The Wall was built on order of the Soviet government, with the purpose of preventing people from escaping or being able to compare socialism and democracy. But it became a symbol of oppression, despised by all those who treasure freedom. When the Wall was up, the side facing democracy was painted and made colorful by graffiti. The side facing Communism was gray and untouched - guarded by soldiers with orders to shoot anyone who approached it.

In June of 1987, to commemorate Berlin’s 750th anniversary, Ronald Reagan visited Berlin’s Brandenburg gate and uttered these now-famous words:

“We welcome change and openness; for we believe that freedom and security go together, that the advance of human liberty can only strengthen the cause of world peace. There is one sign the Soviets can make that would be unmistakable, that would advance dramatically the cause of freedom and peace. General Secretary Gorbachev, if you seek peace, if you seek prosperity for the Soviet Union and eastern Europe, if you seek liberalization, come here to this gate. Mr. Gorbachev, open this gate. Mr. Gorbachev, tear down this wall!”
Two years later, the Berlin Wall came down, but not before a strange sequence of events occurred. Eastern-bloc Hungary decided to open its border to Western-minded Austria. Thousands of East Germans fled there. Other East Germans already in Hungary crowded the West German embassy and announced that they would not return to their country. This triggered protests in East Germany against their own government. A revolution was well underway.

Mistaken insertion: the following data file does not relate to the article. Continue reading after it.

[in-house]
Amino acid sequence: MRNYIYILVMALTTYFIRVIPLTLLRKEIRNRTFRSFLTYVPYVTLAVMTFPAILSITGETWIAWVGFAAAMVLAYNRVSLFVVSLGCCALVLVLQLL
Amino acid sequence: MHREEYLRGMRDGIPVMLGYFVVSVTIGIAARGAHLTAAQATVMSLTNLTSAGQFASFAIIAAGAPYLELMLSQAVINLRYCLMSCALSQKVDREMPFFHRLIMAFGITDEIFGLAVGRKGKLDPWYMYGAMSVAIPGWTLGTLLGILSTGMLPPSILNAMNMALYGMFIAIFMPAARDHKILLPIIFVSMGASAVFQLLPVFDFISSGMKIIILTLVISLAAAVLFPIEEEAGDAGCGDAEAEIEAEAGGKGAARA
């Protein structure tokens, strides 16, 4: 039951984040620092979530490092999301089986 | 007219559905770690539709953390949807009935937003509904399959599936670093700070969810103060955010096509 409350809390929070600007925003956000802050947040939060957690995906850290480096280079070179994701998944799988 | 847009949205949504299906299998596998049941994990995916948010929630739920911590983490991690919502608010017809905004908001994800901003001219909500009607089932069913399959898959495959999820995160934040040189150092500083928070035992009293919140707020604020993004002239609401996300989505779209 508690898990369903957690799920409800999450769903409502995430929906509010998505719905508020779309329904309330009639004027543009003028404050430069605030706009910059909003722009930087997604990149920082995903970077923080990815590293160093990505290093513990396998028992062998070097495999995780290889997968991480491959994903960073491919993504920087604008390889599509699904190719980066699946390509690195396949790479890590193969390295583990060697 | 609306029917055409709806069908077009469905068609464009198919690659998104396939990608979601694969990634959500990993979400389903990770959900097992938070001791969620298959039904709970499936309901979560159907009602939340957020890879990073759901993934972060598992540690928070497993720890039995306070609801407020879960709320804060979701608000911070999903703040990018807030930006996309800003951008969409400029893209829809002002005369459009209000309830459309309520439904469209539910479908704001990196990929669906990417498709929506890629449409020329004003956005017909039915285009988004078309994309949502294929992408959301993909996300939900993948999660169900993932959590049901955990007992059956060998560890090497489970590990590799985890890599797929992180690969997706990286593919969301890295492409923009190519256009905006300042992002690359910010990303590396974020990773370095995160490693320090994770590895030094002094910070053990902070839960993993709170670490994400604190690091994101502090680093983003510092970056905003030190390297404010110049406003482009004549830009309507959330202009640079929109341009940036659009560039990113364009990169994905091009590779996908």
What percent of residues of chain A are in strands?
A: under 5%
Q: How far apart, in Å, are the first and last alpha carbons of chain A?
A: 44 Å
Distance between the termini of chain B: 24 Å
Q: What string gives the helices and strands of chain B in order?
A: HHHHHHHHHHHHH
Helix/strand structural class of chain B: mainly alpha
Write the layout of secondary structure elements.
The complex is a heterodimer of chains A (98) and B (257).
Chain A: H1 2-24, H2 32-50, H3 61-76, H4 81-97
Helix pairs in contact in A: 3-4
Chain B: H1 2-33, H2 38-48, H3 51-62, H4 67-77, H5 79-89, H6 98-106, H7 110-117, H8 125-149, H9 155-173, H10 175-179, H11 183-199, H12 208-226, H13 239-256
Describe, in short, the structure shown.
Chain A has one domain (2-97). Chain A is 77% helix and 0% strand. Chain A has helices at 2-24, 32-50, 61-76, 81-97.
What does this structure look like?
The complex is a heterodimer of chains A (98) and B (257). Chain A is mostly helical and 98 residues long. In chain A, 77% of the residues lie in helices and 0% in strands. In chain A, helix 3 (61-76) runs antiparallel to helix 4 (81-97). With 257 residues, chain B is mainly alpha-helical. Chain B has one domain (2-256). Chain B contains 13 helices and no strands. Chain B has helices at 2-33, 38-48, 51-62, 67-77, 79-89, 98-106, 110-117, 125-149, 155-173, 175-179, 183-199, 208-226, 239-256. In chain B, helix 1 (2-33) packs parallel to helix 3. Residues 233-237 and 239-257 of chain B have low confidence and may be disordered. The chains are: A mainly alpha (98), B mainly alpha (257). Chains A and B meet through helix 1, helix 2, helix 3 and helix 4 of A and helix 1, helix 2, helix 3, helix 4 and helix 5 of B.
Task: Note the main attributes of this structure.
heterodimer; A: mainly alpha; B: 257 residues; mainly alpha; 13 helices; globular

Under pressure, the East German government issued an edict allowing refugees and private travelers to exit the East for the West. Television stations and announcers, confused by the text, announced that East Germany was opening its borders to everyone (which was not really the intent). On November 9, 1989, people began gathering at the wall and demanding the guards to let them through. The guards, also confused, called their superiors but found that no one on the other end of the phone was willing to direct them to use force to preserve the borders. The guards simply opened the gates and let people pass freely. People began to systematically chip at the concrete wall. Small tools turned into sledgehammers over the next few days, and the Wall began to come away in large pieces. By mid 1990, the German military began tearing down large sections of the wall. Germany was formally reunified on October 3, 1990.